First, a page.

₦airaland Forum

Welcome, Guest: Join Nairaland / LOGIN! / Trending / Recent / New
Stats: 2,186,070 members, 4,766,625 topics. Date: Monday, 18 February 2019 at 11:53 AM

U.S : 21,476 Nigerians Overstayed Visas In 2017 - Travel - Nairaland

Nairaland Forum / Nairaland / General / Travel / U.S : 21,476 Nigerians Overstayed Visas In 2017 (462 Views)

Mention The Countries You Will Never Consider Going To Even With Free Visas / U.S : 21,476 Nigerians Overstayed Visas In 2017 / Is There An Order From US Authorities To Deny Nigerians Visas? (2) (3) (4)

(1) (Reply) (Go Down)

U.S : 21,476 Nigerians Overstayed Visas In 2017 by 24hoursreporter: 1:59pm On Aug 09, 2018
No fewer than 21,476 Nigerians have overstayed their visas to the United States within the last one year, Per second news media reports on Thursday.

It said that information it gathered from Washington indicated that those who overstayed include students, workers and tourists, with increase in numbers of those that has refused to return to Nigeria.

Illegal immigration by overstaying a visa has been shown to outweigh a number of people entering by an illegal border crossing.

More than 700,000 foreigners who were supposed to leave the United States during a recent 12-month period overstayed their visas, according to U.S Department of Homeland Security ‘ Fiscal Year 2017 Entry/Exit Overstay Report.



185,375 Nigerian visitors were expected to depart after their stay, with 630 of them overstaying their visas, while 19,046 visitors and business men and women refused to return to Nigeria and residing illegally inside the United States.

In the report obtained, a total 9,245 students were expected to depart the U.S after their studies with 258 returning to Nigeria after overstaying their visas, while 2,172 refused to return and are currently residing illegally in the U.S

An overstay is a nonimmigrant who was lawfully admitted to the United States for an authorized period but stayed in the United States beyond his or her authorized admission period.

Nonimmigrants admitted for “duration of status” who fail to maintain their status also may be considered overstays.

“Duration of status” is a term used for foreign nationals who are admitted for the duration of a specific program or activity, which may be variable, instead of for a set timeframe.

The authorised admission period ends when the foreign national has accomplished the purpose or is no longer engaged in authorized activities pertaining to that purpose.

An example is a student program that runs for four years. When the program is completed, the student must leave or go on to pursue another program of study.

The DHS classifies individuals as overstays by using the ADIS system to match departure and status change records to arrival records collected during the admission process.

DHS further identifies nonimmigrant status through manual vetting processes to support possible enforcement action.

DHS identifies an individual as having overstayed if his or her departure record shows he or she departed the United States after his or her authorized admission period expired 17 (i.e., Out-of-Country Overstays).

While these individuals are considered overstays, there is evidence indicating they are no longer physically present in the United States.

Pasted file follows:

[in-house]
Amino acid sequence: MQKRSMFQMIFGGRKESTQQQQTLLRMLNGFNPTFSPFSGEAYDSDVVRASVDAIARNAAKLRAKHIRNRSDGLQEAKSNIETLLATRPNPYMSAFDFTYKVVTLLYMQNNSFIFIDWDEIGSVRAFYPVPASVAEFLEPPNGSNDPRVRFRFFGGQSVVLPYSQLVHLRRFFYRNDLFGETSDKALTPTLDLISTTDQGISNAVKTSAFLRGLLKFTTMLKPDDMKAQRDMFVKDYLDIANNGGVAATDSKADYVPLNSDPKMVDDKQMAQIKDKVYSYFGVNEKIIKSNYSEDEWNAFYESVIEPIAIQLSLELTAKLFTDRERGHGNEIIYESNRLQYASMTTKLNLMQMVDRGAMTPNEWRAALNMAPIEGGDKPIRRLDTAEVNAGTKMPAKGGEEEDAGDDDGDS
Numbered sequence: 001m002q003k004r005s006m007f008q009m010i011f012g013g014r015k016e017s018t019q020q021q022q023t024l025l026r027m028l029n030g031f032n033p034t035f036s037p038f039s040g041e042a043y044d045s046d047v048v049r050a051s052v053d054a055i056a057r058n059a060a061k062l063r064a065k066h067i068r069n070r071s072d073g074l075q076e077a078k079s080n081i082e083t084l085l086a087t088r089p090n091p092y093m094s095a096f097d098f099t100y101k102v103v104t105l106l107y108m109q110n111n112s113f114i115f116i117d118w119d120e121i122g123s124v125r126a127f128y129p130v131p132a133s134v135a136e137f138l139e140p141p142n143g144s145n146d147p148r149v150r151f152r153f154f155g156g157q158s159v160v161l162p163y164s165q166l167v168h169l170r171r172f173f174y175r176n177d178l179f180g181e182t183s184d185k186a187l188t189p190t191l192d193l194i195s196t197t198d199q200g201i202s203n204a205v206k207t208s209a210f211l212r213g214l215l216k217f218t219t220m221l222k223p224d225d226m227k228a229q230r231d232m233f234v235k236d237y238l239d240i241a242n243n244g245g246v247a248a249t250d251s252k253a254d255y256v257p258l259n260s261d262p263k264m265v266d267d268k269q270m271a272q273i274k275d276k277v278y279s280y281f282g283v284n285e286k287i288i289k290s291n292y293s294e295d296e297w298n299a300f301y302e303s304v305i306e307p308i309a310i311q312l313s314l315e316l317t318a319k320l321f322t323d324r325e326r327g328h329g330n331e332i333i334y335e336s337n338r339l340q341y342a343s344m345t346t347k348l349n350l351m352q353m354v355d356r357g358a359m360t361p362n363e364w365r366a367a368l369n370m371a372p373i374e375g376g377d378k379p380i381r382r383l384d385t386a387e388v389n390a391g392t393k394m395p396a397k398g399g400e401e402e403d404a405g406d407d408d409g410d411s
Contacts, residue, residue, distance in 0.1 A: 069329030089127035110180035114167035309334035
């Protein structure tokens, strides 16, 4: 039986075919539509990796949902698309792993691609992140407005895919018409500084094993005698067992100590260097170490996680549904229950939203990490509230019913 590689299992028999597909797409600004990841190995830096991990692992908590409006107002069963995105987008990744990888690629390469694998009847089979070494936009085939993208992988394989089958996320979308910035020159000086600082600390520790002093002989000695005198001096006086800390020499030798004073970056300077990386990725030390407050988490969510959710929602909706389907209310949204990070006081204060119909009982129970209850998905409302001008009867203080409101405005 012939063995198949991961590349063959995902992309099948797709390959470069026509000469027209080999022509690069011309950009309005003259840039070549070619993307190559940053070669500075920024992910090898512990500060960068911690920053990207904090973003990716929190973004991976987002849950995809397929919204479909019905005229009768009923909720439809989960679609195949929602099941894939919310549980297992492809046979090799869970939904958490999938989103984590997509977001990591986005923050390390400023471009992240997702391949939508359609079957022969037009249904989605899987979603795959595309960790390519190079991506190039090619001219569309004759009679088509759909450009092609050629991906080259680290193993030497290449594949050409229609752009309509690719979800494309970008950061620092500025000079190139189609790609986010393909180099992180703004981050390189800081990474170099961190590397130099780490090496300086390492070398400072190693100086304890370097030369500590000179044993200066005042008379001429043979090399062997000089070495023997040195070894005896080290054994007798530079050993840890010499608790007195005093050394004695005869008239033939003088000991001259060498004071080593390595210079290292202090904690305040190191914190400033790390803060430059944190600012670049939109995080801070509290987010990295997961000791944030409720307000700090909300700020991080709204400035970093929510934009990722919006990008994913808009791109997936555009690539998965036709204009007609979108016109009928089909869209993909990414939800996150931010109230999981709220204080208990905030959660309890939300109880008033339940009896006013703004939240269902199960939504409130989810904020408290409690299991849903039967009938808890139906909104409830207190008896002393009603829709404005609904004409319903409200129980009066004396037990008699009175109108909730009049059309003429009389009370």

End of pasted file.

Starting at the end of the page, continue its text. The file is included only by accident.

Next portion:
DHS also identifies individuals as possible overstays if there are no records of a departure or change in status prior to the end of their authorised admission period (i.e., Suspected In-Country Overstays).

Overstays accounted for 1.3 percent of the 52.7 million visitors who arrived by plane or ship during the latest period, an improvement from the overstay rate of 1.5 percent a year earlier.

Canada again occupied the top slot for overstays, followed by Mexico, Venezuela, the United Kingdom and Colombia.

Nigeria, China, France, Spain and Germany rounded out the top 10.

The overstay rate was much higher among students and foreign exchange visitors, with 4.2 percent staying after their visas expired, a decline from 5.5 percent the previous year.

President Donald Trump has focused border security efforts on erecting a multibillion-dollar wall with Mexico. But the latest annual figures underscore how visa overstays are a big driver of illegal immigration.

An estimated 40 percent of the roughly 11 million people in the country illegally stayed past their visas.

Source http://www.24hoursreporter.com/2018/08/09/u-s-21476-nigerians-overstayed-visas-in-2017/

Cc
-Lalasticlala
Mynd44
Ishilove
Marpol
Semid4lyfe
Obinoscopy
Seun
dominique
Re: U.S : 21,476 Nigerians Overstayed Visas In 2017 by Debteecreations(f): 2:06pm On Aug 09, 2018
undecided
Re: U.S : 21,476 Nigerians Overstayed Visas In 2017 by Beautyaddy: 2:12pm On Aug 09, 2018
Lol!...This is old news. Next...?
Re: U.S : 21,476 Nigerians Overstayed Visas In 2017 by 24hoursreporter: 2:18pm On Aug 09, 2018
Beautyaddy:
Lol!...This is old news. Next...?

LOL, it is funny how they over stay in our country, yet you can't even get visa to stay in theirs.
Re: U.S : 21,476 Nigerians Overstayed Visas In 2017 by Mizwisdom(f): 2:37pm On Aug 09, 2018
Wonders!
Re: U.S : 21,476 Nigerians Overstayed Visas In 2017 by Fishout(m): 5:53pm On Aug 09, 2018
Ok,not too much

(1) (Reply)

BREAKING NEWS: Travellers Stranded As NLC Grounds Activities At Lagos Airport / Top Ten Nigerian Cities You Should Visit / Canada Visa Requirements

(Go Up)

Sections: politics (1) business autos (1) jobs (1) career education (1) romance computers phones travel sports fashion health
religion celebs tv-movies music-radio literature webmasters programming techmarket

Links: (0) (1) (2) (3) (4) (5) (6) (7) (8) (9)

Nairaland - Copyright © 2005 - 2019 Oluwaseun Osewa. All rights reserved. See How To Advertise. 46
Disclaimer: Every Nairaland member is solely responsible for anything that he/she posts or uploads on Nairaland.